• Base pay plus hazard pay: $20 + $5 = $25 
  • Overtime pay: $25 x 1.5 = $37.50 per hour 

Hazard pay and COVID-19

Several leaders have introduced hazard pay legislation on the federal level—but they have yet to pass laws that define who should receive this type of compensation, when they should receive it, and how it will be taxed. In the meantime, some private companies have chosen to increase pay for certain employees who are working during the pandemic. 

To qualify for hazard pay, employees generally have to fall under the category of “essential frontline worker.” This definition varies with each state or private entity, but it typically includes:

  • All medical workers such as doctors, nurses, lab technicians, and pharmacists
  • Grocery store employees
  • Law enforcement officers and border patrol officers
  • Firefighters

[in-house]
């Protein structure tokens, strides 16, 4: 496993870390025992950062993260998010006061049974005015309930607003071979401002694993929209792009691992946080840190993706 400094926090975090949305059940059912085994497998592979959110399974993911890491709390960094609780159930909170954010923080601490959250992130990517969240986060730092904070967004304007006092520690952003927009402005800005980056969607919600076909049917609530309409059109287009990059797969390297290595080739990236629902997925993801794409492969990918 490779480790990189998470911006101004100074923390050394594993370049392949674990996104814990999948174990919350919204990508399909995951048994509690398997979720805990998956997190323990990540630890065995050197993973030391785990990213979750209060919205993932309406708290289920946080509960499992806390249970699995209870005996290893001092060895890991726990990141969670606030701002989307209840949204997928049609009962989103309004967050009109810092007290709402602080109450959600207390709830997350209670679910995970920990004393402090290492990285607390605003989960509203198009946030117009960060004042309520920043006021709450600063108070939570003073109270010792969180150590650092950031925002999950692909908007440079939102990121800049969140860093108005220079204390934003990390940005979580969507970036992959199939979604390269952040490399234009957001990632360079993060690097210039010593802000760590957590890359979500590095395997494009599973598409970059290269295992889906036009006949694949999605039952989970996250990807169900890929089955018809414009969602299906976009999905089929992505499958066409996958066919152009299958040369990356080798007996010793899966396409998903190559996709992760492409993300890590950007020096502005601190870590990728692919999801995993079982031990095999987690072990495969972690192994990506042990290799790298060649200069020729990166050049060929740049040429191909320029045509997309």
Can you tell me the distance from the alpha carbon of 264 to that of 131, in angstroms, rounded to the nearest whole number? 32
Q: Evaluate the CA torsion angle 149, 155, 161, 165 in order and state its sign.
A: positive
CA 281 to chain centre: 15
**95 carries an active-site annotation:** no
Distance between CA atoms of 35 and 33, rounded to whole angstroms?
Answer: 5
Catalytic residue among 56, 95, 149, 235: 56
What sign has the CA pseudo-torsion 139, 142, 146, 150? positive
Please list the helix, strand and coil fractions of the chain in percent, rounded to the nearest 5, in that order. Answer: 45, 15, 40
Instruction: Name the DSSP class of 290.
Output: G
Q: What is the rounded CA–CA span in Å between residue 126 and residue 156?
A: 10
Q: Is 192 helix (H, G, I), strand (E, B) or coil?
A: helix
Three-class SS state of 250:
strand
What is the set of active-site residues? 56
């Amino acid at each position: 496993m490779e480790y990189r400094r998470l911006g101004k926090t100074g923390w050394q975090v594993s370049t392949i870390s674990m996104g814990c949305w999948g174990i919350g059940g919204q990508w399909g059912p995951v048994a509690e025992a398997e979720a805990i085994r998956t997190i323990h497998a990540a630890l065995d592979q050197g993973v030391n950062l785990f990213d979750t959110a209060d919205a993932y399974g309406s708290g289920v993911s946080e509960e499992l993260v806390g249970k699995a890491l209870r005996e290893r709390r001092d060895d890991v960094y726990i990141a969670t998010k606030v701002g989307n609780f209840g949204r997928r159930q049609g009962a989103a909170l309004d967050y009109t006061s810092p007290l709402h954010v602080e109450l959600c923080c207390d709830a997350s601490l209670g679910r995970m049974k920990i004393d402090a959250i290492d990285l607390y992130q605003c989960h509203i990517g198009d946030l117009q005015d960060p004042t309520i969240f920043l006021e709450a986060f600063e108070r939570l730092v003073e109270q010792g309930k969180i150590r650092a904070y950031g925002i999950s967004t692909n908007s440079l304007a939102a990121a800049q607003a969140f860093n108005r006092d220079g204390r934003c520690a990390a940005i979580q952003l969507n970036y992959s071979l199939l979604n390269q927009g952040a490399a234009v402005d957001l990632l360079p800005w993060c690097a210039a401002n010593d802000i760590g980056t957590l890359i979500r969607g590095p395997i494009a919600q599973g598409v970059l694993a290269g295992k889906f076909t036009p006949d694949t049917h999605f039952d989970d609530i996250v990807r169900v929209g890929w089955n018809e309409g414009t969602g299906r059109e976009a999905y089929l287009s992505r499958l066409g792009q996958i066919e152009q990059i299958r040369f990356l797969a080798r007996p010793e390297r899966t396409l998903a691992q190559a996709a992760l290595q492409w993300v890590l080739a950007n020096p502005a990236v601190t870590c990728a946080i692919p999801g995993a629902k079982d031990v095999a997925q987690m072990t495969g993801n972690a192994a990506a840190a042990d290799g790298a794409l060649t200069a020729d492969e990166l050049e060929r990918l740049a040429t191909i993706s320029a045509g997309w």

• Postal workers
  • Delivery and truck drivers
  • Transit employees
  • Teachers
  • Janitors
  • Food processors
  • Maintenance workers
  • Truck drivers
  • Other employees who perform public-facing job duties

How to set your hazard-pay policy

Are you thinking about offering hazard pay to your employees? Great! To help you get started, we’ve compiled a list of details to consider including in your policy:

  • Roles or duties that are considered hazardous.
  • Which employees qualify for hazard pay. Hint: The pay rate must apply to everyone who does the same job.
  • The amount of the hazard pay.
  • Whether the pay is set up as a percentage, hourly rate increase, or flat rate.
  • If the hazard pay is hourly, it’s a good idea to specify whether employees will earn their base rate plus hazard pay. Also, what happens to the employee’s wage during breaks, while on paid time off, or during a leave of absence?
  • A breakdown of hazard pay laws in your area, if applicable.
  • Whether the hazard pay only applies during the COVID-19 pandemic.
  • Include information about workers’ compensation, too.